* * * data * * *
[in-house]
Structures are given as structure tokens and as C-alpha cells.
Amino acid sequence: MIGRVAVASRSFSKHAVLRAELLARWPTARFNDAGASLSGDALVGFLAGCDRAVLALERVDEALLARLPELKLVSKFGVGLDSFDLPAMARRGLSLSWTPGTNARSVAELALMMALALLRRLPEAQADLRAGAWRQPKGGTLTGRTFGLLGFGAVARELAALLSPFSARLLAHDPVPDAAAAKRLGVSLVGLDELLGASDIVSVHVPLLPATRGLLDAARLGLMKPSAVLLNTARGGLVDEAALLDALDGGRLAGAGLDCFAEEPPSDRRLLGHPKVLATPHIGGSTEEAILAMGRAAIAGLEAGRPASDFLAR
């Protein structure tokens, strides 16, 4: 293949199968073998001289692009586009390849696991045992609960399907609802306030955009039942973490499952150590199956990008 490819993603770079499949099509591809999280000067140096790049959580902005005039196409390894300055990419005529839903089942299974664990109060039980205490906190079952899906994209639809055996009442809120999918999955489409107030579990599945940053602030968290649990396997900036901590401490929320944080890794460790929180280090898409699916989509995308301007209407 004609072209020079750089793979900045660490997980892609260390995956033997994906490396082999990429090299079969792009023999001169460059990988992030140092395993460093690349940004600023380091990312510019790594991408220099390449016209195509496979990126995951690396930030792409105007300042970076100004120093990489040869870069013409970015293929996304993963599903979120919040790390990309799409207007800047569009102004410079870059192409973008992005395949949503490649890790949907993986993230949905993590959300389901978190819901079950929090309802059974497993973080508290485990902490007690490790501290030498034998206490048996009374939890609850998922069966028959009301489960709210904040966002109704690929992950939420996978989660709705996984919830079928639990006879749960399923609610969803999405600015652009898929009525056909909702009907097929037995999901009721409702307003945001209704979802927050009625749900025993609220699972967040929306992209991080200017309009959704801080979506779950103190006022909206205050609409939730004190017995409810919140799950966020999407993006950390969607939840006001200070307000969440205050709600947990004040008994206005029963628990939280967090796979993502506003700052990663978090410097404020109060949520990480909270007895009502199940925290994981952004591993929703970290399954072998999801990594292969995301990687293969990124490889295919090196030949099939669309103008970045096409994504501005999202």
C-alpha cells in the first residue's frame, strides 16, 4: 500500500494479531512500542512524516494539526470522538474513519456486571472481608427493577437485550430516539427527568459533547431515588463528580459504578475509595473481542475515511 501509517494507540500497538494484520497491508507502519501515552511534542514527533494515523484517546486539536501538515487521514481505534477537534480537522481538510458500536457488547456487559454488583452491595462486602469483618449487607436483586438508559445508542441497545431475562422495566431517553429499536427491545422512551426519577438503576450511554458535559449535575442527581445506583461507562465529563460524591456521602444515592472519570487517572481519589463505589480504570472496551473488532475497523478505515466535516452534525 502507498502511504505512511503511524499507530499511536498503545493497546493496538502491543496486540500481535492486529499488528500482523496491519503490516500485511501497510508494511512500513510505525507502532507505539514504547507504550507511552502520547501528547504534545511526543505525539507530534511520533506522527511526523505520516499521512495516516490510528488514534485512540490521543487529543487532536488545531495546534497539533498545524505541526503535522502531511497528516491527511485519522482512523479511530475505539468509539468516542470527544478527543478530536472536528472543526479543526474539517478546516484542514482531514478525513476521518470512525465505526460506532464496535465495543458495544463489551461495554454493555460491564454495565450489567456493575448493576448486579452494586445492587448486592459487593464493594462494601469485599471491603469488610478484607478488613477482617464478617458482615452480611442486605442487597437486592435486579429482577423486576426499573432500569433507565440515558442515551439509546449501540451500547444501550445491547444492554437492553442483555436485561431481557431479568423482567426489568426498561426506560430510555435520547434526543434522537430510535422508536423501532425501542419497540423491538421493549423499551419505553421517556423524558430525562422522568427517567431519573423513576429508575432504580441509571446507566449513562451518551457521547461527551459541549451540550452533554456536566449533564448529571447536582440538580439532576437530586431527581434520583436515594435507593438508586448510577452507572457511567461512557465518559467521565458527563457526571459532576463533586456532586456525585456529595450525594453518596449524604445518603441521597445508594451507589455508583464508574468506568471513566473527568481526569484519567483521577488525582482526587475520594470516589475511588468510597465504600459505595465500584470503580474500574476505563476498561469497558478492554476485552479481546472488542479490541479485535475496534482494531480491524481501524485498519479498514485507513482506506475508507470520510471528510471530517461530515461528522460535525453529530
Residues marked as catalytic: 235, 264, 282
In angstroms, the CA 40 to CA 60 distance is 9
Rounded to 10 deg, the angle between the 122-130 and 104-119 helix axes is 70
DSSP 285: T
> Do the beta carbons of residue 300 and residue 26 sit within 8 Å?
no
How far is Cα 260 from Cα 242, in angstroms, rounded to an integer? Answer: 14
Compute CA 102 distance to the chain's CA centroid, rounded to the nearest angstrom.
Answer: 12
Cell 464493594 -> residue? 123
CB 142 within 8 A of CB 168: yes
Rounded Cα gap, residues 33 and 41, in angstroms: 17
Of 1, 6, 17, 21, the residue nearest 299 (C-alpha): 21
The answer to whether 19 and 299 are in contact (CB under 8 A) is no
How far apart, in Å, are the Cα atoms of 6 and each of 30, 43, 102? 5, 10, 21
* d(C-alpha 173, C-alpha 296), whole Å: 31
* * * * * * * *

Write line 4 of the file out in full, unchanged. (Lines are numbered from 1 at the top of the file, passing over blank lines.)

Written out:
């Protein structure tokens, strides 16, 4: 293949199968073998001289692009586009390849696991045992609960399907609802306030955009039942973490499952150590199956990008 490819993603770079499949099509591809999280000067140096790049959580902005005039196409390894300055990419005529839903089942299974664990109060039980205490906190079952899906994209639809055996009442809120999918999955489409107030579990599945940053602030968290649990396997900036901590401490929320944080890794460790929180280090898409699916989509995308301007209407 004609072209020079750089793979900045660490997980892609260390995956033997994906490396082999990429090299079969792009023999001169460059990988992030140092395993460093690349940004600023380091990312510019790594991408220099390449016209195509496979990126995951690396930030792409105007300042970076100004120093990489040869870069013409970015293929996304993963599903979120919040790390990309799409207007800047569009102004410079870059192409973008992005395949949503490649890790949907993986993230949905993590959300389901978190819901079950929090309802059974497993973080508290485990902490007690490790501290030498034998206490048996009374939890609850998922069966028959009301489960709210904040966002109704690929992950939420996978989660709705996984919830079928639990006879749960399923609610969803999405600015652009898929009525056909909702009907097929037995999901009721409702307003945001209704979802927050009625749900025993609220699972967040929306992209991080200017309009959704801080979506779950103190006022909206205050609409939730004190017995409810919140799950966020999407993006950390969607939840006001200070307000969440205050709600947990004040008994206005029963628990939280967090796979993502506003700052990663978090410097404020109060949520990480909270007895009502199940925290994981952004591993929703970290399954072998999801990594292969995301990687293969990124490889295919090196030949099939669309103008970045096409994504501005999202």